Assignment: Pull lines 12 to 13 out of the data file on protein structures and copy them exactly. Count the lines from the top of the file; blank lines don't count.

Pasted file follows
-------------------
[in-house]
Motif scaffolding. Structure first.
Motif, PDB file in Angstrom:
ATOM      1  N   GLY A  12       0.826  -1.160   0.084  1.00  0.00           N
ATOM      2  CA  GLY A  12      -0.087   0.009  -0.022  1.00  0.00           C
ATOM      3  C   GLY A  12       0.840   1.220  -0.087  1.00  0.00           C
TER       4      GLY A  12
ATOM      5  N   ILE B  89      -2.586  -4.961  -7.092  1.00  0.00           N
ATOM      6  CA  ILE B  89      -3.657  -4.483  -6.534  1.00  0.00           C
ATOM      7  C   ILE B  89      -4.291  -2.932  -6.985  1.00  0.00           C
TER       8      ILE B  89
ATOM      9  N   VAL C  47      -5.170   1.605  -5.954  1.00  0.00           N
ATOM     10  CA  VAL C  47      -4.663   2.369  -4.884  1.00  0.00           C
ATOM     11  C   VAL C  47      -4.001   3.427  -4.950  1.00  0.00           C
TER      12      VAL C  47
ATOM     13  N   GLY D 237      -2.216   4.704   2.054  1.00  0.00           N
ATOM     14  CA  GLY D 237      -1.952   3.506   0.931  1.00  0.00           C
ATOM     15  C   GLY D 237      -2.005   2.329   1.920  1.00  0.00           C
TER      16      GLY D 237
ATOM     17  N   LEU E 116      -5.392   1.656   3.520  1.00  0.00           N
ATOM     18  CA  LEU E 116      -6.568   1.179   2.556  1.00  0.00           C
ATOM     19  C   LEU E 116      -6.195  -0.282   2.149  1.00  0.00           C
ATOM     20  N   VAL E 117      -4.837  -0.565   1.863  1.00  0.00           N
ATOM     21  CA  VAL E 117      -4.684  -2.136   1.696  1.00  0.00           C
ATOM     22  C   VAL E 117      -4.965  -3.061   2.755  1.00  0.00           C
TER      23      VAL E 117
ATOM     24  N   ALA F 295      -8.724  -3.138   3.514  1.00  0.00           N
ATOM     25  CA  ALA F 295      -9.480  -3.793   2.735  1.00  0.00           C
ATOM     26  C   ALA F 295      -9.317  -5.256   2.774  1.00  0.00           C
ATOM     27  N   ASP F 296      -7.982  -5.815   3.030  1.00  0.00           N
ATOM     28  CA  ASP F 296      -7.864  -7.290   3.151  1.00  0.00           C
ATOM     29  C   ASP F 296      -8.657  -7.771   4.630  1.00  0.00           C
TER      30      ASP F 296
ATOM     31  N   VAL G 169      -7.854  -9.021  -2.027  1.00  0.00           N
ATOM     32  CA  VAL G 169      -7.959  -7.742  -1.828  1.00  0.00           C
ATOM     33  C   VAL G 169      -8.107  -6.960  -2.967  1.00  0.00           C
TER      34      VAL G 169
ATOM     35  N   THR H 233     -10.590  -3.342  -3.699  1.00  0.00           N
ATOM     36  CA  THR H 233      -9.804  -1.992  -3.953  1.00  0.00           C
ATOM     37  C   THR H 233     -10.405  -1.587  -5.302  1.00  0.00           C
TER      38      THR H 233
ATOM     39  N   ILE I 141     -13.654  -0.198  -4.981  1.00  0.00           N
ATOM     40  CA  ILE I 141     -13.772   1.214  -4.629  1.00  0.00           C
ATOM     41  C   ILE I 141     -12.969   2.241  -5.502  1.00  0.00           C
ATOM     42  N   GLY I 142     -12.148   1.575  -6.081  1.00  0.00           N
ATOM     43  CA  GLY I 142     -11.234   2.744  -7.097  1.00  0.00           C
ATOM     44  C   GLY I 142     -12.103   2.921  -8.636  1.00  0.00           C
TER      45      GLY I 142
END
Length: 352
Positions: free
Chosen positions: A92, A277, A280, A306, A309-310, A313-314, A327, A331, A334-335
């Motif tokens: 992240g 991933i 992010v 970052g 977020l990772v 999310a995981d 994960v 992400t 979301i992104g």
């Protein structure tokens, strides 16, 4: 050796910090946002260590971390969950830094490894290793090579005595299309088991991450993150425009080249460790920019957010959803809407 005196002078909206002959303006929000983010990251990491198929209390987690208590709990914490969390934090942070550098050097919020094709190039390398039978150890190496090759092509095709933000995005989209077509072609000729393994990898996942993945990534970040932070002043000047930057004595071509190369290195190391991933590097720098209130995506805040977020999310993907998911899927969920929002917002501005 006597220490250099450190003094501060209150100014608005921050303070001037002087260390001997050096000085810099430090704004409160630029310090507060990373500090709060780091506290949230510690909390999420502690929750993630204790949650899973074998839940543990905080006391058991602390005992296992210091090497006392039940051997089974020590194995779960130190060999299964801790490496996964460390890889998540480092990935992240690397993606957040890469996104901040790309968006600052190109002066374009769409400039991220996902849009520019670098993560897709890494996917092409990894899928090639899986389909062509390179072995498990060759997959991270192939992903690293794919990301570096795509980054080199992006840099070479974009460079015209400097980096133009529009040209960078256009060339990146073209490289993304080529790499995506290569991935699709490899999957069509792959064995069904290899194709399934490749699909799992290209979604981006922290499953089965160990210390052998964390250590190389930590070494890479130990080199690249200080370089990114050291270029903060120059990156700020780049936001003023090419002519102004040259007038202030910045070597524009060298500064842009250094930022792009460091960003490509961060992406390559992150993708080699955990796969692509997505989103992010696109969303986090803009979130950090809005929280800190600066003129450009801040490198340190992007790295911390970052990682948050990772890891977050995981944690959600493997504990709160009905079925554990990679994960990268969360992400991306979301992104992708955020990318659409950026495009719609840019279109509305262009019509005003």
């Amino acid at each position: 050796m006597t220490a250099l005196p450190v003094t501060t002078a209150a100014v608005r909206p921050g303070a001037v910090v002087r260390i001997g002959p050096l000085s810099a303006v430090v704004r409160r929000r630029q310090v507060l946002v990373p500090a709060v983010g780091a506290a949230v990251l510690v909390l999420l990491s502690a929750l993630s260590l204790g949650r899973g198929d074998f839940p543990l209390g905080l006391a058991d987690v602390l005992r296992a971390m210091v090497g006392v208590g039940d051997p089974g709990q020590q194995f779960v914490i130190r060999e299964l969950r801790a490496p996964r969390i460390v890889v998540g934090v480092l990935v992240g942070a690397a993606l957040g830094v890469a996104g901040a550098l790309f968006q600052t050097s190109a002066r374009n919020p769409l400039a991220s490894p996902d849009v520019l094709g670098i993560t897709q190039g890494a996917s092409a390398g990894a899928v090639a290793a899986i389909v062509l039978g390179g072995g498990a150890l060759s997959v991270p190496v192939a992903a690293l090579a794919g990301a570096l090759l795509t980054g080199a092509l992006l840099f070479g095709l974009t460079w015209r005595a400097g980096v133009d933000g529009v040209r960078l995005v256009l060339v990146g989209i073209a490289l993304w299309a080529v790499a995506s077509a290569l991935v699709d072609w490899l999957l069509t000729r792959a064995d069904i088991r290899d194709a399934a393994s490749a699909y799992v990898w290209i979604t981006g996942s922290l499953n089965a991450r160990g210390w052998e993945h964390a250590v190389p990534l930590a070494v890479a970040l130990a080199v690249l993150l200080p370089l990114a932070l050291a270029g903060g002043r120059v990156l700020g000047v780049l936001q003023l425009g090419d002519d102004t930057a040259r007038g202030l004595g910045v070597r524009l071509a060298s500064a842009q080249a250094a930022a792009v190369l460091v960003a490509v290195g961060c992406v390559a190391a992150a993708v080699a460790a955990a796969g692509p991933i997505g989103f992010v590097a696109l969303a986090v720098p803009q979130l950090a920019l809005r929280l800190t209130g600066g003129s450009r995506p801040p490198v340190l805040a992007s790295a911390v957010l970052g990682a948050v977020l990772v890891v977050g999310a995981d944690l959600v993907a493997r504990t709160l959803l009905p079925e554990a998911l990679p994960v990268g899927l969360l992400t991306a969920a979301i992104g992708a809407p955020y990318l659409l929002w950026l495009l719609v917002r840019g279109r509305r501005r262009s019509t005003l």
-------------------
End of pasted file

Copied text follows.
ATOM      9  N   VAL C  47      -5.170   1.605  -5.954  1.00  0.00           N
ATOM     10  CA  VAL C  47      -4.663   2.369  -4.884  1.00  0.00           C